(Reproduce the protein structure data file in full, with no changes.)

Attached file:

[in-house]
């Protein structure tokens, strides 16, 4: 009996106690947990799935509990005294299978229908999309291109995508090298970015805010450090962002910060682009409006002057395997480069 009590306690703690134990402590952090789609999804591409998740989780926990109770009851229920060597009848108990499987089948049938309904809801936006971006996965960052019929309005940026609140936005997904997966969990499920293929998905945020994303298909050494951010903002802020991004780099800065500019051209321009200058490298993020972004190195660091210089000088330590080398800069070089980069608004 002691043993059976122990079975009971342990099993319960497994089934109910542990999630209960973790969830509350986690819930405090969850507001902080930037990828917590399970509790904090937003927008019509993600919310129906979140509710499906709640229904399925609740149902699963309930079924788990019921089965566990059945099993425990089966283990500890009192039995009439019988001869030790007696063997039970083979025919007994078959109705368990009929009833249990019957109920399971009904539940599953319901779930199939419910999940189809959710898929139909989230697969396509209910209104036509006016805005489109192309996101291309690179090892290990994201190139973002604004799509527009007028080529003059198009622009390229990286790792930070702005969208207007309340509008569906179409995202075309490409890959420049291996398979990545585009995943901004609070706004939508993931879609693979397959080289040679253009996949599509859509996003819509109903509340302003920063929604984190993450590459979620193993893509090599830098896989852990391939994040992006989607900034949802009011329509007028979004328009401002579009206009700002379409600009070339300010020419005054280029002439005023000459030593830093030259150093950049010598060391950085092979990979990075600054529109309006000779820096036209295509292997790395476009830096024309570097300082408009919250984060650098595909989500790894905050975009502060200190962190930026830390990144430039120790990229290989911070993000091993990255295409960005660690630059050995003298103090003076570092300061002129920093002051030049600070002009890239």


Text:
[in-house]
């Protein structure tokens, strides 16, 4: 009996106690947990799935509990005294299978229908999309291109995508090298970015805010450090962002910060682009409006002057395997480069 009590306690703690134990402590952090789609999804591409998740989780926990109770009851229920060597009848108990499987089948049938309904809801936006971006996965960052019929309005940026609140936005997904997966969990499920293929998905945020994303298909050494951010903002802020991004780099800065500019051209321009200058490298993020972004190195660091210089000088330590080398800069070089980069608004 002691043993059976122990079975009971342990099993319960497994089934109910542990999630209960973790969830509350986690819930405090969850507001902080930037990828917590399970509790904090937003927008019509993600919310129906979140509710499906709640229904399925609740149902699963309930079924788990019921089965566990059945099993425990089966283990500890009192039995009439019988001869030790007696063997039970083979025919007994078959109705368990009929009833249990019957109920399971009904539940599953319901779930199939419910999940189809959710898929139909989230697969396509209910209104036509006016805005489109192309996101291309690179090892290990994201190139973002604004799509527009007028080529003059198009622009390229990286790792930070702005969208207007309340509008569906179409995202075309490409890959420049291996398979990545585009995943901004609070706004939508993931879609693979397959080289040679253009996949599509859509996003819509109903509340302003920063929604984190993450590459979620193993893509090599830098896989852990391939994040992006989607900034949802009011329509007028979004328009401002579009206009700002379409600009070339300010020419005054280029002439005023000459030593830093030259150093950049010598060391950085092979990979990075600054529109309006000779820096036209295509292997790395476009830096024309570097300082408009919250984060650098595909989500790894905050975009502060200190962190930026830390990144430039120790990229290989911070993000091993990255295409960005660690630059050995003298103090003076570092300061002129920093002051030049600070002009890239």